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Dance in the time of Covid-19

Pratiti Ghosh | Updated on February 21, 2021 Published on February 21, 2021

In and Out: Dancers are taught breathing exercises in the early years of training

Studies have shown that dance exercises may help people cope with chronic lung problems

*Breaths are painfully controlled within the mathematics of aesthetics

*In 2018, a group of doctors at the Saveetha Medical College, Chennai, worked with Bharatanatyam trainees. The study showed that three years of Bharatanatyam practice significantly enhanced lung functions in girls aged 13-18 years

*Dance is not going to prevent coronavirus infections; your masks will. But it seems to have the potential to help us cope better with the infection

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Dance is an essential part of my being. In these unprecedented times, when it is difficult to have even regular practice sessions, we can forget about dance performances. But something which is so entwined in one’s life finds its own contexts.

We all know of people who have been infected by the novel coronavirus, or even succumbed to it. One of my cousins had such a severe case of Covid-19 that we were all in a state of utmost fear. Doctors found that her body craved oxygen, though she never complained of it. They informed us that this was called ‘happy hypoxia’ — a condition when a patient had low oxygen levels but no signs of respiratory distress. After 27 days, she returned home. She had recovered fully, she was told, but a worrisome chest pain still troubled her.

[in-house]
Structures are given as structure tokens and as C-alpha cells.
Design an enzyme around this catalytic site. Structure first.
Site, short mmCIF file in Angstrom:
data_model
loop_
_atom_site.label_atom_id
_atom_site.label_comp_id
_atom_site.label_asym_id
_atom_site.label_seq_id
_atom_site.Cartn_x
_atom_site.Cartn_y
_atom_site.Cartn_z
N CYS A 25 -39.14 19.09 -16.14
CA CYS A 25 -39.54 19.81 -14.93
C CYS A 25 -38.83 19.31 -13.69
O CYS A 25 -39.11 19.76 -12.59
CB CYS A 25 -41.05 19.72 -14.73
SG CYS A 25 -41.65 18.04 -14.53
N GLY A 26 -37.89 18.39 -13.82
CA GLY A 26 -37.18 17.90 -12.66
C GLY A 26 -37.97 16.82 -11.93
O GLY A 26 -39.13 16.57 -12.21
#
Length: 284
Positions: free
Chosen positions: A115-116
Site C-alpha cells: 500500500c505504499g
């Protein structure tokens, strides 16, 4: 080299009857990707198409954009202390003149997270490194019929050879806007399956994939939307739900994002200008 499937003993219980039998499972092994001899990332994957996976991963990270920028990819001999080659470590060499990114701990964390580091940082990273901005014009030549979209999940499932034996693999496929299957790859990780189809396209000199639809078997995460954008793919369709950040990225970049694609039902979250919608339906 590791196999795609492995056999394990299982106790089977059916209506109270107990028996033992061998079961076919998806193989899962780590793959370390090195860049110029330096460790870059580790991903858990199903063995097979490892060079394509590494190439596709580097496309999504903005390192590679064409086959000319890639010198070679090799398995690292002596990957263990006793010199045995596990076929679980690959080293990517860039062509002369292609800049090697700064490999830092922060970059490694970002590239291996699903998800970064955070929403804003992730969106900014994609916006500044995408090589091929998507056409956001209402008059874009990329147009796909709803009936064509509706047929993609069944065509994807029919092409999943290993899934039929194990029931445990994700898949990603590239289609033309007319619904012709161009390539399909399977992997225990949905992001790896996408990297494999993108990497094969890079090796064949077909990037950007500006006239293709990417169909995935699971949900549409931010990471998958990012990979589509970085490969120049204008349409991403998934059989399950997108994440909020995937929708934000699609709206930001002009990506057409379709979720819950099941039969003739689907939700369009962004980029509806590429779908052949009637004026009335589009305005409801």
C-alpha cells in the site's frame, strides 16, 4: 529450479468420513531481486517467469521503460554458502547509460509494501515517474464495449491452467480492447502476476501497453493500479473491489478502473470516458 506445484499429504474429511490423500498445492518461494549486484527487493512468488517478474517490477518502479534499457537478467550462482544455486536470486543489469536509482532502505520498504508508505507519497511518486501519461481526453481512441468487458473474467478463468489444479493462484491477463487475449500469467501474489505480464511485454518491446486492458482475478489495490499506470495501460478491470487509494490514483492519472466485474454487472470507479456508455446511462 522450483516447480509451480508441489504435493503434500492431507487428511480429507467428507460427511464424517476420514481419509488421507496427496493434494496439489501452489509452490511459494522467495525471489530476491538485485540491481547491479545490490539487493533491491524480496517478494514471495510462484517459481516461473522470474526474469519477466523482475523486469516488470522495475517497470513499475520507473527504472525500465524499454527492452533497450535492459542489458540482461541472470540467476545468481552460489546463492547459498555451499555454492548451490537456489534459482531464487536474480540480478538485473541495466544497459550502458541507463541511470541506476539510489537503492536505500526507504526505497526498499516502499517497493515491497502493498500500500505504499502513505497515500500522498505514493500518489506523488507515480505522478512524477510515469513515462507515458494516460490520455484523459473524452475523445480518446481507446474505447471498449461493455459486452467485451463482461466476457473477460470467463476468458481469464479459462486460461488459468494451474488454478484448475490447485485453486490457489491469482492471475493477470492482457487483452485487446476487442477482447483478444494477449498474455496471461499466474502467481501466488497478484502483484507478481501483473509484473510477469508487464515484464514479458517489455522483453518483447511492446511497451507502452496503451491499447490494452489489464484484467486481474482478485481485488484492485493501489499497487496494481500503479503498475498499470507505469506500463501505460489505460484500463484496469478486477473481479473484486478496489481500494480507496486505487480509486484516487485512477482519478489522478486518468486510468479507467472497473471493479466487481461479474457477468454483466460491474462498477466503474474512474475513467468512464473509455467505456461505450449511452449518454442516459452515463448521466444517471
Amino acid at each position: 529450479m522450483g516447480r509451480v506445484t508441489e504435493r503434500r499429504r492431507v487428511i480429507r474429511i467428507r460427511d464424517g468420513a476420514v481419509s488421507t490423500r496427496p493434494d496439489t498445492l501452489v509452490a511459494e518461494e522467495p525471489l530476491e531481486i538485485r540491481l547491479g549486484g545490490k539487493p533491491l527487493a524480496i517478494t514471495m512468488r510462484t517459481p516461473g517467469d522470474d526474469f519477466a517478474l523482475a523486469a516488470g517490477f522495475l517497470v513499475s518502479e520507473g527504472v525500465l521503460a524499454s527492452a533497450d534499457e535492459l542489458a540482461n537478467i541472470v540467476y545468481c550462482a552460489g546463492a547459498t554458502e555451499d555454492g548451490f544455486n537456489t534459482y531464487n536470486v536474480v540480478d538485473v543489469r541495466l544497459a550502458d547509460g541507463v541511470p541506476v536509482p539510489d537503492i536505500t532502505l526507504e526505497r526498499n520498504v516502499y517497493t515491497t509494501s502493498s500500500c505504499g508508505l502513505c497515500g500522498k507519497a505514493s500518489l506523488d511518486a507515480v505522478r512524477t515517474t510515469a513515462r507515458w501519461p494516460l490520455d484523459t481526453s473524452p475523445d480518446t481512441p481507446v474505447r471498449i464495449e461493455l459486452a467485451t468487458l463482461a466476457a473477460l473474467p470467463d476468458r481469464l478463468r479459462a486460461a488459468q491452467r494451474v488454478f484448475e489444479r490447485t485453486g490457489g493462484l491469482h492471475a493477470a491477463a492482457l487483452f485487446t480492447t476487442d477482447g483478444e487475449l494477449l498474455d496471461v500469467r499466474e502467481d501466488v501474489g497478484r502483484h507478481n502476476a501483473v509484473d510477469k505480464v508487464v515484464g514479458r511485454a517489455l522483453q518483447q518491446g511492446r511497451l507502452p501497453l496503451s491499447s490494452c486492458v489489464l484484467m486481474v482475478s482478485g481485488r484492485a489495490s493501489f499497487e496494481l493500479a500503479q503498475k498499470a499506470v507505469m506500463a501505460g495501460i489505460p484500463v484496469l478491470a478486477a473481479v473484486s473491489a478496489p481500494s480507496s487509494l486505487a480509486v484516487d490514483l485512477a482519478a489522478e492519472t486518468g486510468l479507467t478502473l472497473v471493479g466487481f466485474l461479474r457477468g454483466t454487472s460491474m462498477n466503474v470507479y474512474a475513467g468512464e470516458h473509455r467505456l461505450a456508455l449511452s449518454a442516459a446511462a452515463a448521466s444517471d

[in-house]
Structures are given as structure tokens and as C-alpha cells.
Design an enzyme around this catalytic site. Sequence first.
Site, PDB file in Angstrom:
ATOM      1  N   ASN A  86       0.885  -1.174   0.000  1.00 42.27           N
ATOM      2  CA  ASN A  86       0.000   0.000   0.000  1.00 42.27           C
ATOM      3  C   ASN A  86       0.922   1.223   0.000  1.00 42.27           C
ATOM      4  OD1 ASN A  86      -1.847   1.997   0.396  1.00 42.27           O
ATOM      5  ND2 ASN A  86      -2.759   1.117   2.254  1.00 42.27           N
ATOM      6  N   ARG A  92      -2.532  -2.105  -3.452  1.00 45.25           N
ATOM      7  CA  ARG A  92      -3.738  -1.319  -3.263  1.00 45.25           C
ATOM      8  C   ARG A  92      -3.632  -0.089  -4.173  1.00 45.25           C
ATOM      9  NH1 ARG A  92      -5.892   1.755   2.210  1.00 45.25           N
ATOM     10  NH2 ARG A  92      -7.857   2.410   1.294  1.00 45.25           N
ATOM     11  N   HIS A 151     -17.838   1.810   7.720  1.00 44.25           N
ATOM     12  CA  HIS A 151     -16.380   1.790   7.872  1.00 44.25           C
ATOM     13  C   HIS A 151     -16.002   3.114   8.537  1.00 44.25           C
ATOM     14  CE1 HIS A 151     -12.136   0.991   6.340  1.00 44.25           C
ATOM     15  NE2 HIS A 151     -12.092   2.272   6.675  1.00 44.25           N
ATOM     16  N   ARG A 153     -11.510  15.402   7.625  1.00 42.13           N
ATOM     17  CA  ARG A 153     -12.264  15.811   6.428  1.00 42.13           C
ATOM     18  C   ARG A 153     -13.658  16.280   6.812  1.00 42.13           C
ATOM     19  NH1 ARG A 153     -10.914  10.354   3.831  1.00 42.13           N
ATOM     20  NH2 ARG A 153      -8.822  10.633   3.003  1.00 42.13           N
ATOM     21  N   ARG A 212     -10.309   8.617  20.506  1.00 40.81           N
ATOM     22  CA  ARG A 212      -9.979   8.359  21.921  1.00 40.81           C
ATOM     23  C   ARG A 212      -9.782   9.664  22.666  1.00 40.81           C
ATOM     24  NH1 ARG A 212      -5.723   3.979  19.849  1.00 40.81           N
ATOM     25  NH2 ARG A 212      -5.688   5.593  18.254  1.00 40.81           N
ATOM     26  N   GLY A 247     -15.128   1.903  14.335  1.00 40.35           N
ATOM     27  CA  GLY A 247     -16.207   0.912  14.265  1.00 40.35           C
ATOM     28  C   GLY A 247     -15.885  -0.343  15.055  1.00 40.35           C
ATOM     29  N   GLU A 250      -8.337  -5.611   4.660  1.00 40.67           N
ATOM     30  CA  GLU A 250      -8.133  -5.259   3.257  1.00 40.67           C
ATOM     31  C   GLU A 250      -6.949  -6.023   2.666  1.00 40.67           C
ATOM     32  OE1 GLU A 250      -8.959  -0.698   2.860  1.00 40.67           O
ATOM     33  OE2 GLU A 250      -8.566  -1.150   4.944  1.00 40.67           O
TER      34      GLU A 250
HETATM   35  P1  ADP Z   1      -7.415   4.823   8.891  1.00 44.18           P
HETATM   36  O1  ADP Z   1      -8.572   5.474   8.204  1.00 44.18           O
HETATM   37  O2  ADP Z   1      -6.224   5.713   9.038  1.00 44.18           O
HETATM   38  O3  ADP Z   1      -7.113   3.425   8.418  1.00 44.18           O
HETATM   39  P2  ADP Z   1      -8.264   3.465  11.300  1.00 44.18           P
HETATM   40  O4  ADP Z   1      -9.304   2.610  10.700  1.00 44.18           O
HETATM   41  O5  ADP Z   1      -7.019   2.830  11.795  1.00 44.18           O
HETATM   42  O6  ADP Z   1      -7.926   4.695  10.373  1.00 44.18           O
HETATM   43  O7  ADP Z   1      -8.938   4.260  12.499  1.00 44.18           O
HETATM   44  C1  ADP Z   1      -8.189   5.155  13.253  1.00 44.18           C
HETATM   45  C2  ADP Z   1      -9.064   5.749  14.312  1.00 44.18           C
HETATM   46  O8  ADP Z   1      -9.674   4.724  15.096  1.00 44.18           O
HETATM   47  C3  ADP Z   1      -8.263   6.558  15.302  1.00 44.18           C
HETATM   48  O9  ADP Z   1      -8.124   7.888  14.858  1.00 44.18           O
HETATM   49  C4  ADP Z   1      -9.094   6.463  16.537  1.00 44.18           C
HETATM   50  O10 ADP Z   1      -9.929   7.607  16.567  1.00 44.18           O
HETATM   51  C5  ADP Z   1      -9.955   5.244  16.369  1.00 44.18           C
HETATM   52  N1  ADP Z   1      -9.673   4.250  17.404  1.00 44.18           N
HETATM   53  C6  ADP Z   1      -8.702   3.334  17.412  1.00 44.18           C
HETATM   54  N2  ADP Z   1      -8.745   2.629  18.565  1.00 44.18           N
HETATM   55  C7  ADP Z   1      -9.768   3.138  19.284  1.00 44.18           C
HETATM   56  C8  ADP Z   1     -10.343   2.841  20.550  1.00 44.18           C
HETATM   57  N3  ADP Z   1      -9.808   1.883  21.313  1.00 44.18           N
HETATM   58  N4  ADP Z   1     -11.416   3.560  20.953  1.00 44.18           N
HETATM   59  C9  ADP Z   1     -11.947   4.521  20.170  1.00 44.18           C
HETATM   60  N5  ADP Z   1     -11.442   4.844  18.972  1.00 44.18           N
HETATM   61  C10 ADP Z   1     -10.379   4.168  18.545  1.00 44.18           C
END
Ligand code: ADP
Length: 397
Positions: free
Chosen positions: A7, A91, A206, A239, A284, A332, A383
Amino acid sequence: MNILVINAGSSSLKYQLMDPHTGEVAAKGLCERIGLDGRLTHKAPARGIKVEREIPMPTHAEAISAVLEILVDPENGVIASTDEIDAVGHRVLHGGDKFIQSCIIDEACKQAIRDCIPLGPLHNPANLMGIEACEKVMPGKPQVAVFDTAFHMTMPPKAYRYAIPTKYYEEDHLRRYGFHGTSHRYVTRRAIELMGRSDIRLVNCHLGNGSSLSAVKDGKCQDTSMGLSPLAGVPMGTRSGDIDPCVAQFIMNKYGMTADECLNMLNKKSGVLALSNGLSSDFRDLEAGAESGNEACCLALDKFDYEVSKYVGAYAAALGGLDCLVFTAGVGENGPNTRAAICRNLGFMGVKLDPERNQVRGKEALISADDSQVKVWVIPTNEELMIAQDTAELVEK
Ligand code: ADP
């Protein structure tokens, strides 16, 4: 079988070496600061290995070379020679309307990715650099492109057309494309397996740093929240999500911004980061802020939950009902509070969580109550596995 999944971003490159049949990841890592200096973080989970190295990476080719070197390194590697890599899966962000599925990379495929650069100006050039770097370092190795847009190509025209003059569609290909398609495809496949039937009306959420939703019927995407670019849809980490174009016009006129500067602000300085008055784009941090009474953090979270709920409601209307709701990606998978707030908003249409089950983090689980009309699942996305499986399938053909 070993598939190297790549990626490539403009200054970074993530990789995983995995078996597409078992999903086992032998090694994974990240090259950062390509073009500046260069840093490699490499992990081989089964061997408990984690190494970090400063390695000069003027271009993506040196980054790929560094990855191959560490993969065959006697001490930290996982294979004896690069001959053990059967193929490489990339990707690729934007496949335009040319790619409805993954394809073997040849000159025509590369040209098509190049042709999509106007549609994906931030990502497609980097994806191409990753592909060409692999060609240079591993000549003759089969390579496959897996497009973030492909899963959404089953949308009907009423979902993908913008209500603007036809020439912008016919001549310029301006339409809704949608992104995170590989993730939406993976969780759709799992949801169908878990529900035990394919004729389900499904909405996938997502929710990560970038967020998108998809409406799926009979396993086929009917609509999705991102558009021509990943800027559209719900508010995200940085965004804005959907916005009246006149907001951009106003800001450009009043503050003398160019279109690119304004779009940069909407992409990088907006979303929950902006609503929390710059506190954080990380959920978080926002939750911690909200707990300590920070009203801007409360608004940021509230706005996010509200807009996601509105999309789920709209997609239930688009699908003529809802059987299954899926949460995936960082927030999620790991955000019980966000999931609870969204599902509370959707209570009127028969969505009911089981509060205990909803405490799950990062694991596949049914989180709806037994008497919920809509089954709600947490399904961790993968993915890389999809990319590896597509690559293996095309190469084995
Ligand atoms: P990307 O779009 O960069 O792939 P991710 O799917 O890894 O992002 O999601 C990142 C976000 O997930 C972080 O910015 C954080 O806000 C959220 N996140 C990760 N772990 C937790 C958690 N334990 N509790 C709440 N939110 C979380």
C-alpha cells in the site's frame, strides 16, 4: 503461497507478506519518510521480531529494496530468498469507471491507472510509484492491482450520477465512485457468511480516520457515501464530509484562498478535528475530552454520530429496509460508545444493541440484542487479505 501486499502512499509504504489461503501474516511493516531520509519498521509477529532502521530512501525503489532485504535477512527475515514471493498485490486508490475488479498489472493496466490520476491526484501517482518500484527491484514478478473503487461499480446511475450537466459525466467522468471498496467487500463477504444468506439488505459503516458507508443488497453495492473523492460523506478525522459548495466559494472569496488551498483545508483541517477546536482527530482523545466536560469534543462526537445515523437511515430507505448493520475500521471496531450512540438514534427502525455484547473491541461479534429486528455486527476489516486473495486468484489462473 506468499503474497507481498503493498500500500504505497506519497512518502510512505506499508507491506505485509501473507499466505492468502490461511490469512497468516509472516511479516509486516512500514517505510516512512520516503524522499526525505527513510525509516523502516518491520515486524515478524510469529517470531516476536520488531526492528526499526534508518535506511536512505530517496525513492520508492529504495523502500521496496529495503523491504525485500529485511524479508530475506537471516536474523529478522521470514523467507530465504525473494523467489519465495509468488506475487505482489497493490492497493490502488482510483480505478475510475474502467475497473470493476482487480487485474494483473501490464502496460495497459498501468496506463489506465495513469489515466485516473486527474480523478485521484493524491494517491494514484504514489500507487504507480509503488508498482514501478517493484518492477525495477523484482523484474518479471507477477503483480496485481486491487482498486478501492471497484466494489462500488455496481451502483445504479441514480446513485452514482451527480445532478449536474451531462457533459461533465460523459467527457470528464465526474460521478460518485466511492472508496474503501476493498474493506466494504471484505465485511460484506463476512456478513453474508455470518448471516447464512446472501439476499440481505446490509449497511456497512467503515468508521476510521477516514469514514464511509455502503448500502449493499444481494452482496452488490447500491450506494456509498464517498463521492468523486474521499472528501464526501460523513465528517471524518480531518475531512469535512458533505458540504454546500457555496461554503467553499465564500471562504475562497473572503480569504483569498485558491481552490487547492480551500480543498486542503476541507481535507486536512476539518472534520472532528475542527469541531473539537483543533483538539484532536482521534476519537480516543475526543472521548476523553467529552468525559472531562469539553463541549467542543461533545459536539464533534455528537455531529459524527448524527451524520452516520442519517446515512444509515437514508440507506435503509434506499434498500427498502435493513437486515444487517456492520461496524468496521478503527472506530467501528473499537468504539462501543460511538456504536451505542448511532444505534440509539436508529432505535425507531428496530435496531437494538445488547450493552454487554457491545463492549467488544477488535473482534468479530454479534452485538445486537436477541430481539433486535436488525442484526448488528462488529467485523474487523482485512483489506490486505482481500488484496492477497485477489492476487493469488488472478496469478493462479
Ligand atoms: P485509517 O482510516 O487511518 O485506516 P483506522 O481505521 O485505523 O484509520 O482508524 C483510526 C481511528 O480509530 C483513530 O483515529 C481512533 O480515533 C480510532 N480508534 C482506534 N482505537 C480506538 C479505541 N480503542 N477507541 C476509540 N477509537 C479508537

I visited her and asked her to blow into a toy she had been gifted with when she was discharged from the hospital. The toy had three plastic balls and one had to blow into it to lift them. Doctors call it an incentive spirometer. She did so, but with considerable effort. I blew into it — and found it easy. Yes, she was still suffering from the aftermath of Covid-19 — or long Covid-19, as doctors were now calling it. Among the challenges it poses is difficulty in breathing or the function of the lungs. I thought this was something that had to be tackled — and with the help of dance.

Dancers are usually trained in doing different kinds of breathing exercises in the early years of learning. When a child is being trained, the exercises are mostly very simple. I chose some of these easy exercises and asked my cousin to practise them. After a while, the results were apparent. She felt much better. The doctor examined her in great detail, did a battery of tests and then declared her to be fully cured.

The dance-related breathing exercises may not have played the most important role in her recuperation. But this experience made me ponder over the role of dance. One of the most important skills of a dancer is her ability to regulate her breathing. Among the performing arts, dance is physically the most demanding. The creative rhythm of the entire body is critically connected to this breathing rhythm.

Breaths are painfully controlled within the mathematics of aesthetics. One must remember that while the rhythm of dancing movements has its own mathematics, so does the physiology of breathing. These two have to work in unison for a memorable dance performance.